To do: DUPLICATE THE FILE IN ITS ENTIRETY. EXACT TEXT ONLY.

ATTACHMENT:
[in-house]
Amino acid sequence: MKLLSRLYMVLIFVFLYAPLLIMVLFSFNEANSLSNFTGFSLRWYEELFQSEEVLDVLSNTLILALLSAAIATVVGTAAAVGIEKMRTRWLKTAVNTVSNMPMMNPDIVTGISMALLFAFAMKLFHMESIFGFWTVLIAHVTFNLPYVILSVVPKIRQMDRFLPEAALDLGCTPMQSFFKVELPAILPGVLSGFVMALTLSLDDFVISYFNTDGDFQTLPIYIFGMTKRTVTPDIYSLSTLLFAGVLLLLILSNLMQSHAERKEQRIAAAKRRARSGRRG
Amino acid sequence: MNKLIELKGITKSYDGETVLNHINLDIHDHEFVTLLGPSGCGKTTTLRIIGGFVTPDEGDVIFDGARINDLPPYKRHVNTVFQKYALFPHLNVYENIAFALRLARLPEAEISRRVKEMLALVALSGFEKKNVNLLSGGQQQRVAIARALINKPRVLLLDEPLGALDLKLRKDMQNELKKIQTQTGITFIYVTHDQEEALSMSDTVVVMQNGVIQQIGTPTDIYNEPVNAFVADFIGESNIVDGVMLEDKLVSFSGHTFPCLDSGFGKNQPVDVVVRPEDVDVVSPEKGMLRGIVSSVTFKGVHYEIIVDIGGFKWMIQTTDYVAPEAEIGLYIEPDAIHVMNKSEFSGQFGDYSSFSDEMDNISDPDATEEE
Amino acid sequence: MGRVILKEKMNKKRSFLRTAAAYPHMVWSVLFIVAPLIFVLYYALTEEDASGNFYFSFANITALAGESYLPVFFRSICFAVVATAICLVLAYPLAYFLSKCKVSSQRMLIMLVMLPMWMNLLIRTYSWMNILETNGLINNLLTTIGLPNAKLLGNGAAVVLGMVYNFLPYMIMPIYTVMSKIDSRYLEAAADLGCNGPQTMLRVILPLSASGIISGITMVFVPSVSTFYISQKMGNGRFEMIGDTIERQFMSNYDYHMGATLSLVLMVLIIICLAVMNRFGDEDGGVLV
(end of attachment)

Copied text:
[in-house]
Amino acid sequence: MKLLSRLYMVLIFVFLYAPLLIMVLFSFNEANSLSNFTGFSLRWYEELFQSEEVLDVLSNTLILALLSAAIATVVGTAAAVGIEKMRTRWLKTAVNTVSNMPMMNPDIVTGISMALLFAFAMKLFHMESIFGFWTVLIAHVTFNLPYVILSVVPKIRQMDRFLPEAALDLGCTPMQSFFKVELPAILPGVLSGFVMALTLSLDDFVISYFNTDGDFQTLPIYIFGMTKRTVTPDIYSLSTLLFAGVLLLLILSNLMQSHAERKEQRIAAAKRRARSGRRG
Amino acid sequence: MNKLIELKGITKSYDGETVLNHINLDIHDHEFVTLLGPSGCGKTTTLRIIGGFVTPDEGDVIFDGARINDLPPYKRHVNTVFQKYALFPHLNVYENIAFALRLARLPEAEISRRVKEMLALVALSGFEKKNVNLLSGGQQQRVAIARALINKPRVLLLDEPLGALDLKLRKDMQNELKKIQTQTGITFIYVTHDQEEALSMSDTVVVMQNGVIQQIGTPTDIYNEPVNAFVADFIGESNIVDGVMLEDKLVSFSGHTFPCLDSGFGKNQPVDVVVRPEDVDVVSPEKGMLRGIVSSVTFKGVHYEIIVDIGGFKWMIQTTDYVAPEAEIGLYIEPDAIHVMNKSEFSGQFGDYSSFSDEMDNISDPDATEEE
Amino acid sequence: MGRVILKEKMNKKRSFLRTAAAYPHMVWSVLFIVAPLIFVLYYALTEEDASGNFYFSFANITALAGESYLPVFFRSICFAVVATAICLVLAYPLAYFLSKCKVSSQRMLIMLVMLPMWMNLLIRTYSWMNILETNGLINNLLTTIGLPNAKLLGNGAAVVLGMVYNFLPYMIMPIYTVMSKIDSRYLEAAADLGCNGPQTMLRVILPLSASGIISGITMVFVPSVSTFYISQKMGNGRFEMIGDTIERQFMSNYDYHMGATLSLVLMVLIIICLAVMNRFGDEDGGVLV